For those of you who have been living under a rock and haven’t heard or seen any of the recent memes, Bird Box is the dystopian thriller to watch right now. However, the controversy surrounding the film is that people everywhere are claiming that it’s just a rip-off of John Krasinski’s A Quiet Place. After doing some research, I found out that Bird Box is based on a book written by Josh Malerman in 2014, four years before A Quiet Place was released. Therefore, one could argue the opposite: A Quiet Place was influenced by Bird Box.

In A Quiet Place, Earth has been invaded by blind murderous creatures who hunt humans through super sensitive hearing. The Abbotts are a family who are trying to survive in complete silence, which is to their advantage as their daughter is deaf and so they all communicate in American Sign Language. They live in a remote country home with a detailed safety system. In a nutshell, they are very good at being quiet. 

Note: Major spoilers ahead.

A Quiet Place highlights the lengths that parents will go to ensure the survival of their family. It is a film with zero dialogue but such incredible tension that you don’t even notice the lack of speaking. Despite the fact that A Quiet Place holds 95 per cent on Rotten Tomatoes, my review of the film was different. The movie seems focused on the action, so fails to provide a good foundation. We only know how long they’ve been on Earth and how they kill. Because the movie is so action-packed, it doesn’t develop its characters and their relationships properly. Yes, the dad and mom are self-sacrificing and protective. The beef between Lee (John Krasinski) and Reagan (Millicent Simmonds) was so forced and pointless that it didn’t fit with the seriousness of the danger posing this family. Also, in one scene, Lee takes one of his kids by a waterfall where he can yell as much as he wants because apparently, no monsters can get them there. Let’s not forget that the mom, Evelyn (Emily Blunt), is pregnant during the whole movie. Why would these people bring children into a world where they literally cannot speak and will most likely die? Although it was great seeing Blunt and Krasinski (who are married in real life) because they are such talented actors, the premise of this movie was not well done.

Bird Box depicts an unknown phenomenon that has affected the world, where people see mysterious entities and immediately commit suicide. Malorie (Sandra Bullock), a mother with two children, must make a seemingly impossible journey, blindfolded, to get to a safe house, while remembering how it all began.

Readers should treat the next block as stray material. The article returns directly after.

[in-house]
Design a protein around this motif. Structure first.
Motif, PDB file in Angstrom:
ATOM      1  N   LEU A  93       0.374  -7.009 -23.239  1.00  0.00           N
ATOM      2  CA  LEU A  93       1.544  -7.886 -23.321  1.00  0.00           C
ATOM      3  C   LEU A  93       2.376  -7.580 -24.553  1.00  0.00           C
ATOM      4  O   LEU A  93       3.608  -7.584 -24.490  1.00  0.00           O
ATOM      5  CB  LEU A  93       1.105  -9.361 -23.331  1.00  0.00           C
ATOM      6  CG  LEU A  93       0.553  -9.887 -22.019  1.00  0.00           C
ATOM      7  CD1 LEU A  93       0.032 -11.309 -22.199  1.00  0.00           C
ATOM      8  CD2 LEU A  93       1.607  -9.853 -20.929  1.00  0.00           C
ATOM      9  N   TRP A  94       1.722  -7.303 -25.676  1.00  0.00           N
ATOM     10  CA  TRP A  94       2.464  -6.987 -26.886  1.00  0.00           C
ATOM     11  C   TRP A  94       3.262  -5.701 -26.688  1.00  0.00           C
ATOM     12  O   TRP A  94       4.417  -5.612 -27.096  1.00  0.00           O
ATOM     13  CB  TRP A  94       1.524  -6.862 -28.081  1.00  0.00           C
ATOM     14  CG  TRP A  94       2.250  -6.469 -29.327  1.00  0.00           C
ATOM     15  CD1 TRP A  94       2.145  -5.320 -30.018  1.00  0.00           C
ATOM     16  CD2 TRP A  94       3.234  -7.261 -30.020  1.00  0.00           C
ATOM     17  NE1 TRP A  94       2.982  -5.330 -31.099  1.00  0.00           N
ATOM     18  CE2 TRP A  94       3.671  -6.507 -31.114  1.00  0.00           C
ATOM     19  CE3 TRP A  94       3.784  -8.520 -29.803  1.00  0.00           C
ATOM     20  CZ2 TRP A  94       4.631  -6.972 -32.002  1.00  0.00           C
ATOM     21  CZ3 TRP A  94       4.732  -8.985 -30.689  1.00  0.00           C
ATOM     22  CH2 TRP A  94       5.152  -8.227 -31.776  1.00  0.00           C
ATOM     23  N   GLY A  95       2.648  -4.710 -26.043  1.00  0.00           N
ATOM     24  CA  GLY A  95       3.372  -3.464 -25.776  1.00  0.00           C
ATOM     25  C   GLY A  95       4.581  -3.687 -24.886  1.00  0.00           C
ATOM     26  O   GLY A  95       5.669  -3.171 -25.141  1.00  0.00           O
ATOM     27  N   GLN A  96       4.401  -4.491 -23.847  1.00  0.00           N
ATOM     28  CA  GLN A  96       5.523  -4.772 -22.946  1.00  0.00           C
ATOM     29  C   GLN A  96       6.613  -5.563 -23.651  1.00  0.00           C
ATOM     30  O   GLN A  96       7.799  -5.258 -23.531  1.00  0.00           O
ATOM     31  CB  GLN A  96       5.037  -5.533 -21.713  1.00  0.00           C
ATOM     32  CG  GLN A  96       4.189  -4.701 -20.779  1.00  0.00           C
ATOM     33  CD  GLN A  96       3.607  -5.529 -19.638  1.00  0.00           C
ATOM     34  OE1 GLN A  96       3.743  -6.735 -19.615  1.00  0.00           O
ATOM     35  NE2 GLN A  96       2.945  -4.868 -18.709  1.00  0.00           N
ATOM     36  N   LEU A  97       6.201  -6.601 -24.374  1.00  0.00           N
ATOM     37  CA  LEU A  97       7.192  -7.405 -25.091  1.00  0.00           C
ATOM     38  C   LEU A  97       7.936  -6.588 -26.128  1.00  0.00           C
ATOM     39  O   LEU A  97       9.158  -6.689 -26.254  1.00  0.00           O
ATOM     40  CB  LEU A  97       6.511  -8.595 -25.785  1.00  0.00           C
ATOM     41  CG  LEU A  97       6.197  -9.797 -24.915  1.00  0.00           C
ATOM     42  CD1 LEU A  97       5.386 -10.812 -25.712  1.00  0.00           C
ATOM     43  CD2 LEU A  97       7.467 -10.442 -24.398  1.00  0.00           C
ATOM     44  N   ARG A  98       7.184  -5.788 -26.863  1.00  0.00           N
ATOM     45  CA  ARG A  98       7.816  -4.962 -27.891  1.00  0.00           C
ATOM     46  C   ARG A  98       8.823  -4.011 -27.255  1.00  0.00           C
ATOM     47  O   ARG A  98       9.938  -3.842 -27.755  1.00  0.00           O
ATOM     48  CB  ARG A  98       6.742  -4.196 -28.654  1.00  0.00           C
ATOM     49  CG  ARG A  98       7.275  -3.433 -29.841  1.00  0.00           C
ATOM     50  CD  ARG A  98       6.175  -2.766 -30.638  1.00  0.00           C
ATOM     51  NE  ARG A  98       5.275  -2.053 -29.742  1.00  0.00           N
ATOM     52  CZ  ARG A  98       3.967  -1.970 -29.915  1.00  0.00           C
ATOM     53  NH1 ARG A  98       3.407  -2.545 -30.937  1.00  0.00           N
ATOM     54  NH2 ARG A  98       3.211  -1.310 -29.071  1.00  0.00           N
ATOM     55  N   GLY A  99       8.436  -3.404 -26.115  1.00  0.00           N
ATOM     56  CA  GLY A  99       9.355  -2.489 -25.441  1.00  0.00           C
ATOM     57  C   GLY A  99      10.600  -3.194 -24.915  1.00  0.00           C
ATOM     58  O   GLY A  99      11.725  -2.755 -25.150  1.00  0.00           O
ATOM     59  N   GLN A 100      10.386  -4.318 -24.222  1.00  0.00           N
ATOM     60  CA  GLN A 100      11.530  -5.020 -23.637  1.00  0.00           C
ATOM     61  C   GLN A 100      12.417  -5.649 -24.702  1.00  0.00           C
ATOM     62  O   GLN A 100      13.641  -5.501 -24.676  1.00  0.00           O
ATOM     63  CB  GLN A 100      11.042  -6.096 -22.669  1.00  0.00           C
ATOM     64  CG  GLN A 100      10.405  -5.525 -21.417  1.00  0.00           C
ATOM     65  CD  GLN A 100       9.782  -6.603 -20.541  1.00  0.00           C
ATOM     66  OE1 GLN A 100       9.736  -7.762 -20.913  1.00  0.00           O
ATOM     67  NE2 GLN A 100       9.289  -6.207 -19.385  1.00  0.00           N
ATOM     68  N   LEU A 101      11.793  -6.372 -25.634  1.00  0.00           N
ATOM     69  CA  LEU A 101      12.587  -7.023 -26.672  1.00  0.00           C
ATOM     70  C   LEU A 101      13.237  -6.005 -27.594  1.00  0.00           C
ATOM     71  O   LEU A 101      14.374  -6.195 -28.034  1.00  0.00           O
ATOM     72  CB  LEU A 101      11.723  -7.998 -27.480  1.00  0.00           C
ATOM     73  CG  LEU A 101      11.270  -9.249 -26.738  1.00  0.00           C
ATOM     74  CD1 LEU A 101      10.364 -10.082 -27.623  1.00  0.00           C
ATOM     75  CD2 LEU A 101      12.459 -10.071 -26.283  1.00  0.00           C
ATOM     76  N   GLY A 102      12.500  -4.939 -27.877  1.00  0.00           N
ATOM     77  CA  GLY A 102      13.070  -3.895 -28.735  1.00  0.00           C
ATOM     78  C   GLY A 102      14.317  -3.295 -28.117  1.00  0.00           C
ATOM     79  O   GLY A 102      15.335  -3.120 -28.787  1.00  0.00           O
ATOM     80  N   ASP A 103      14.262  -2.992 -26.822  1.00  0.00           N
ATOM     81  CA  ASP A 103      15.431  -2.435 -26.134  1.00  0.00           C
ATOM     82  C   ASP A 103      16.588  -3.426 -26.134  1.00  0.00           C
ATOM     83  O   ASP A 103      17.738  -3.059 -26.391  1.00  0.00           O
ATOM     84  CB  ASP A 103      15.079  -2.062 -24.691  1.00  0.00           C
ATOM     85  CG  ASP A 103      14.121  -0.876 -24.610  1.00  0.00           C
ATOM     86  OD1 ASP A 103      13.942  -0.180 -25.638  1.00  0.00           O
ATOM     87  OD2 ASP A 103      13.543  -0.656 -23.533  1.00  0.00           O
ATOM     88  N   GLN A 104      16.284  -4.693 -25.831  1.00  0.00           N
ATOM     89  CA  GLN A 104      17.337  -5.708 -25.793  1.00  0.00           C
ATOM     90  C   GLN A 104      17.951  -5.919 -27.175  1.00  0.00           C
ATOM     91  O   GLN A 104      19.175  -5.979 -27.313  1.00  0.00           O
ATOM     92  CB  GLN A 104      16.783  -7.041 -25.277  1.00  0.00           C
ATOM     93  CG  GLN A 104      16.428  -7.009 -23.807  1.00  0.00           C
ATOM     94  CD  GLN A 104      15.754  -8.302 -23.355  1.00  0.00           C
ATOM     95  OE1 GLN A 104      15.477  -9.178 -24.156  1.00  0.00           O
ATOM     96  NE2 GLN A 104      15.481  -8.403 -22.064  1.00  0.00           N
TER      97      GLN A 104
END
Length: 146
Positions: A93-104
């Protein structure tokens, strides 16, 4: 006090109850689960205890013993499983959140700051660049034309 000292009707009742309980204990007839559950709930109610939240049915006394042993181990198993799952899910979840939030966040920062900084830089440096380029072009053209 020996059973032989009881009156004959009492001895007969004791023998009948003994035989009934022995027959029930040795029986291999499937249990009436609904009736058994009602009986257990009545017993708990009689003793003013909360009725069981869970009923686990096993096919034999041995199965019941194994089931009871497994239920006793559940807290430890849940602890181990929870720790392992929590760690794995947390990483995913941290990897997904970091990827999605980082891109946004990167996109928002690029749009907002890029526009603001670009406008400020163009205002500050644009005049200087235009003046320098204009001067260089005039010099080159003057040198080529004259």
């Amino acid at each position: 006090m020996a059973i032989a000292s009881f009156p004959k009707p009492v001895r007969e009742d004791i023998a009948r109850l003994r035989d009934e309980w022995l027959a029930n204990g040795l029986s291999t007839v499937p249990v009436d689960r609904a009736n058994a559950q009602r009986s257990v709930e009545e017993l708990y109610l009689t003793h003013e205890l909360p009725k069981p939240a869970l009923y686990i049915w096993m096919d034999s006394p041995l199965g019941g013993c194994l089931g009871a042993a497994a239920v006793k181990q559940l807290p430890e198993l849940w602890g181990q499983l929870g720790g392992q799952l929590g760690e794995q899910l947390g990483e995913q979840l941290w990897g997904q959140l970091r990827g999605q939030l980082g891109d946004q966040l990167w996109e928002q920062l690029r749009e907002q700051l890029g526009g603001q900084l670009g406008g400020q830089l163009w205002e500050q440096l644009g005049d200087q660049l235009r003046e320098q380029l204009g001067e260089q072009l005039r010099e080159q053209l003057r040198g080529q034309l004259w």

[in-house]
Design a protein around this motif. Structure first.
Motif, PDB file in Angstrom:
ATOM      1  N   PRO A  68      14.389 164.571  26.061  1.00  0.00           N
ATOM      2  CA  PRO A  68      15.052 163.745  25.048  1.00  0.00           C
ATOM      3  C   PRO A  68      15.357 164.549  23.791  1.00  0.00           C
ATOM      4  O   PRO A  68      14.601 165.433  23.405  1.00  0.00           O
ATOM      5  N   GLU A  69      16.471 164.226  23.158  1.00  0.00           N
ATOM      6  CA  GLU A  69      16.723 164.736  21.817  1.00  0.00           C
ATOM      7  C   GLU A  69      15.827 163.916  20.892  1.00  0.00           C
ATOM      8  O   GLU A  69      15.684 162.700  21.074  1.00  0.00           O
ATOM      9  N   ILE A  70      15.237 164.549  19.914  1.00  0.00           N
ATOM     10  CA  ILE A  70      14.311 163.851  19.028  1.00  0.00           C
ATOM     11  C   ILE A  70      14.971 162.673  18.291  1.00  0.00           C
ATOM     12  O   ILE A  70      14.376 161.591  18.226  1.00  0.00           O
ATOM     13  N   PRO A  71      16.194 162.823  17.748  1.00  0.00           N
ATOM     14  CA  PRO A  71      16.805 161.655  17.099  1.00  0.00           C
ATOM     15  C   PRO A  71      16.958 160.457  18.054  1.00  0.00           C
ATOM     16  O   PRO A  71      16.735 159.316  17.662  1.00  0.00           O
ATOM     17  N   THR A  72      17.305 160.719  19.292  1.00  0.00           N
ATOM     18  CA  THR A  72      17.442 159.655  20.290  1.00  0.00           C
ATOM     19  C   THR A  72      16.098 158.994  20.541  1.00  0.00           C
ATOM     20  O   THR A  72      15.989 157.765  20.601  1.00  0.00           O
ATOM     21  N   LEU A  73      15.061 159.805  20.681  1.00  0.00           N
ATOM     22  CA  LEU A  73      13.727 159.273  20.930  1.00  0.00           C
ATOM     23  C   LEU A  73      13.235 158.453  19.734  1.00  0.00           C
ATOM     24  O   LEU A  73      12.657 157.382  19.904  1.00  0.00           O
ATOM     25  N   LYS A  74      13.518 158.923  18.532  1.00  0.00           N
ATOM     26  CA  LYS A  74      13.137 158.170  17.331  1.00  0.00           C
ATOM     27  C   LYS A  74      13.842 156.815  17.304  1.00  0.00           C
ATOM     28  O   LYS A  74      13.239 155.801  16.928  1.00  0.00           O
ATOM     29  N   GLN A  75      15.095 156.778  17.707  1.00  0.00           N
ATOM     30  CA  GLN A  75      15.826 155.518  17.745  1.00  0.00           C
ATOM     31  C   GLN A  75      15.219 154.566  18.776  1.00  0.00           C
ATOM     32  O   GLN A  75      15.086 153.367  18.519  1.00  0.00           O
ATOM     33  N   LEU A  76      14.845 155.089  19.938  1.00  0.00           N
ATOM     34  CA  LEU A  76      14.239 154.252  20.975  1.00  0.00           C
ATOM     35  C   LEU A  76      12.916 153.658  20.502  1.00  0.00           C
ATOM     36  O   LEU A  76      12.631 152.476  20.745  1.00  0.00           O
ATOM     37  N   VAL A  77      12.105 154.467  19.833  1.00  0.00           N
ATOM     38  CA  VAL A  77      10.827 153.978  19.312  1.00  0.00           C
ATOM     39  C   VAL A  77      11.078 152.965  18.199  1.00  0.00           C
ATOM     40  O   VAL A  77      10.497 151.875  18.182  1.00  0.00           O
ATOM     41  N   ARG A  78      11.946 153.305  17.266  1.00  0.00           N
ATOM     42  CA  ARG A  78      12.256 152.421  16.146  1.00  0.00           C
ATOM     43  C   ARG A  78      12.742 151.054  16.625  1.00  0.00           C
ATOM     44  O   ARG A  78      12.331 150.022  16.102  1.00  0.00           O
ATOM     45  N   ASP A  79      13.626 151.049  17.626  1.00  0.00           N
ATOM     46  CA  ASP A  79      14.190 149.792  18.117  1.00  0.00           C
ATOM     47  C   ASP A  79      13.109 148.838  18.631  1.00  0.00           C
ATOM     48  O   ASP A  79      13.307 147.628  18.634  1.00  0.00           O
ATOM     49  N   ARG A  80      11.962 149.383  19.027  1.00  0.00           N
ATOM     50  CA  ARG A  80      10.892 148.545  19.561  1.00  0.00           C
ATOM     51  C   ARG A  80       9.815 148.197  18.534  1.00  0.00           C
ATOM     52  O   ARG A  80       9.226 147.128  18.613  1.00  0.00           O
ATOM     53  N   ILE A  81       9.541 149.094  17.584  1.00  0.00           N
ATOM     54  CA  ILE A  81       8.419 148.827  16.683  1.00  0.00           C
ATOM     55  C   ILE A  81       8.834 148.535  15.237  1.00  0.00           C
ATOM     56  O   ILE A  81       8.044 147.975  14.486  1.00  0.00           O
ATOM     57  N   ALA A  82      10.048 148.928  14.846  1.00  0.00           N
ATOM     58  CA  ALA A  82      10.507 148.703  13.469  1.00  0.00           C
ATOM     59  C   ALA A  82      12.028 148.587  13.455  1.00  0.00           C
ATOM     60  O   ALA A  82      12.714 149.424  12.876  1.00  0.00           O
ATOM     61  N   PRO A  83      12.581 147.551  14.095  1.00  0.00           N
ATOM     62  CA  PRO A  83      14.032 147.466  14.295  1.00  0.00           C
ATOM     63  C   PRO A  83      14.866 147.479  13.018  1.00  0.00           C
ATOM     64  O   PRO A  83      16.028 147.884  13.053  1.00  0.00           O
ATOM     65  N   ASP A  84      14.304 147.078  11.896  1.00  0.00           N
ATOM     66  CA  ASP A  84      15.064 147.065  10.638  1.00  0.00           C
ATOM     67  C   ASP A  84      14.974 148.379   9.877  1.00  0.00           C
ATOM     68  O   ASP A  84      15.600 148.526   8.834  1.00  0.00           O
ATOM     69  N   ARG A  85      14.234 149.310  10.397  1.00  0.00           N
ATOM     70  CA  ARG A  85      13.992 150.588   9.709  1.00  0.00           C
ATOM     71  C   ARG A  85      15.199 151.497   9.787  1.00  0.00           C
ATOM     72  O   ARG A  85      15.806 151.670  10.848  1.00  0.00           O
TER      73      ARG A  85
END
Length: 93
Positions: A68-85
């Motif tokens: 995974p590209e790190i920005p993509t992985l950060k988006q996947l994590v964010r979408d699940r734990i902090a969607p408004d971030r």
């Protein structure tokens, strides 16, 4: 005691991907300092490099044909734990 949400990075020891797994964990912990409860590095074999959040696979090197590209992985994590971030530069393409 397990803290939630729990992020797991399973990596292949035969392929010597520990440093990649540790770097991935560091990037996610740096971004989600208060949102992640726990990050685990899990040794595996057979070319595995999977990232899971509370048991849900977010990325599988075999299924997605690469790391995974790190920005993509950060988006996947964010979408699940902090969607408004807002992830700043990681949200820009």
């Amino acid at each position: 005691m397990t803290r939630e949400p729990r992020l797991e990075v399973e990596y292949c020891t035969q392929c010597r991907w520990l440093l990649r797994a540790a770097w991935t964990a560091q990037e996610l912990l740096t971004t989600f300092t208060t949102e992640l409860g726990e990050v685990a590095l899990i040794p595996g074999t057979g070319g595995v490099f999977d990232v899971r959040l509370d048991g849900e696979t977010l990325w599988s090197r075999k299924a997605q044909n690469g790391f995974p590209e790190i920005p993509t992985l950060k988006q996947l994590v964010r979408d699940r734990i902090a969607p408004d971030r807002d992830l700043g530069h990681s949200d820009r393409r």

Birdbox does a good job of portraying a post-apocalyptic world but soon becomes generic. The star-studded cast does brilliant acting, and there are several plot twists that keep you on the edge. There is the element of mystery or confusion, take your pick, where we don’t know how or why the entities kill or came to Earth. They are just as confused as the audience, so I guess that makes up for it. While the character development is strong, it isn’t a positive development, as Malorie becomes obsessed with surviving and not living. Malorie spends a good chunk of the movie harshly teaching her children how to be safe, naming them boy and girl because…names are a luxury? Everything about Bird Box soon lost its mystery and appeal, as characters just kept getting killed off and Malorie becoming stricter with her kids. Personally, I liked A Quiet Place much better than Bird Box because it had more plot and depth to it (which is still saying a lot).

Both of these movies have a lot in common as is often the case with stories in a dystopian setting. The first and most obvious commonality is that both movies have female leads who are committed to keeping their children safe and are also pregnant. The birthing scenes for both movies were difficult to watch due to the fact that there was danger posing the characters during those scenes. Another similar aspect is that fathers or father figures just don’t survive in this genre, which makes me wonder exactly what the writers are trying to say. Moreover, these movies put hearing and sight disabilities as an advantage for survival.

The question we must ask ourselves now is why are these thrillers so compelling? I guess it’s just an escape from reality or an idea of what the future might look like. People like to feel tension and danger without actually being in either case. The crux of it, however, is that it shows us the importance our senses hold, which we take for granted. Sight and hearing are not something we all have, and for those who don’t, the difficulties are a reality.